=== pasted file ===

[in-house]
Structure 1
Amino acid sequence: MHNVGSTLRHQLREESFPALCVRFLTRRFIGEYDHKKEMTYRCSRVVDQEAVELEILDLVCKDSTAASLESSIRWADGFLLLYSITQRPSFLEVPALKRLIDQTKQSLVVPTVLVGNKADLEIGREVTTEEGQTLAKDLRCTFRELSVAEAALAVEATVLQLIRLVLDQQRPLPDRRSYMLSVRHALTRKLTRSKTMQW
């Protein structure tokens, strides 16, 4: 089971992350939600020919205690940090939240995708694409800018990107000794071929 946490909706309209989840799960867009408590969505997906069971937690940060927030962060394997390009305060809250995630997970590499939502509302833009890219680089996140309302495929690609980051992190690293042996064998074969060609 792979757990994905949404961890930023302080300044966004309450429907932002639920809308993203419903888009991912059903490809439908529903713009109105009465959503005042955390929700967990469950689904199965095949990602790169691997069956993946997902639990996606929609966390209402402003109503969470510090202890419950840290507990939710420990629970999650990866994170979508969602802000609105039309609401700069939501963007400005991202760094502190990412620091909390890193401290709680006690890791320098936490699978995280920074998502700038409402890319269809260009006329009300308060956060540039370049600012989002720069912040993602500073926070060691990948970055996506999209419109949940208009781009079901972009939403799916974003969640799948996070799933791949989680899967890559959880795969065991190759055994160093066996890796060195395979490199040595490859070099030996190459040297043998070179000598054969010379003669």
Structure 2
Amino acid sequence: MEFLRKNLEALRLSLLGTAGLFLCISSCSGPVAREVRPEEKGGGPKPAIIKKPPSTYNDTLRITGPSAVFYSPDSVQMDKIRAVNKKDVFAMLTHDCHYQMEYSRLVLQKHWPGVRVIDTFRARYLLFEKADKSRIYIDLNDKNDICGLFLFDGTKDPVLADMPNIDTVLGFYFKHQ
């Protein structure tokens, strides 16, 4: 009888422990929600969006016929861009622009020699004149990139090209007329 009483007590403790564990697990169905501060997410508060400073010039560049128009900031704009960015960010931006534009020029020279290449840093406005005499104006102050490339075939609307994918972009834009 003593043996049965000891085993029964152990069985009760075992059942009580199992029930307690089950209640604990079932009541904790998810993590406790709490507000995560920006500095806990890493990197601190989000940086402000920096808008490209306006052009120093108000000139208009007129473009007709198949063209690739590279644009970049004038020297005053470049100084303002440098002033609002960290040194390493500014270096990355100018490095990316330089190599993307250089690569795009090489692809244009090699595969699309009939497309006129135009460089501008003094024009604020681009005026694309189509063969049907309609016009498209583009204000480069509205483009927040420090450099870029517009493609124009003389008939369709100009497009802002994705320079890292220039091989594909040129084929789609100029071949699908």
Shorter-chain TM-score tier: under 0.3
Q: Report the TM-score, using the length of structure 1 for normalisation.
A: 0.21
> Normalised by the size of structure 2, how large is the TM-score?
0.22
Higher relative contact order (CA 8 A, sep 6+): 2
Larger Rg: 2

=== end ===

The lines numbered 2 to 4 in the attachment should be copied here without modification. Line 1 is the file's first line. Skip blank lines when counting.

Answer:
Structure 1
Amino acid sequence: MHNVGSTLRHQLREESFPALCVRFLTRRFIGEYDHKKEMTYRCSRVVDQEAVELEILDLVCKDSTAASLESSIRWADGFLLLYSITQRPSFLEVPALKRLIDQTKQSLVVPTVLVGNKADLEIGREVTTEEGQTLAKDLRCTFRELSVAEAALAVEATVLQLIRLVLDQQRPLPDRRSYMLSVRHALTRKLTRSKTMQW
């Protein structure tokens, strides 16, 4: 089971992350939600020919205690940090939240995708694409800018990107000794071929 946490909706309209989840799960867009408590969505997906069971937690940060927030962060394997390009305060809250995630997970590499939502509302833009890219680089996140309302495929690609980051992190690293042996064998074969060609 792979757990994905949404961890930023302080300044966004309450429907932002639920809308993203419903888009991912059903490809439908529903713009109105009465959503005042955390929700967990469950689904199965095949990602790169691997069956993946997902639990996606929609966390209402402003109503969470510090202890419950840290507990939710420990629970999650990866994170979508969602802000609105039309609401700069939501963007400005991202760094502190990412620091909390890193401290709680006690890791320098936490699978995280920074998502700038409402890319269809260009006329009300308060956060540039370049600012989002720069912040993602500073926070060691990948970055996506999209419109949940208009781009079901972009939403799916974003969640799948996070799933791949989680899967890559959880795969065991190759055994160093066996890796060195395979490199040595490859070099030996190459040297043998070179000598054969010379003669």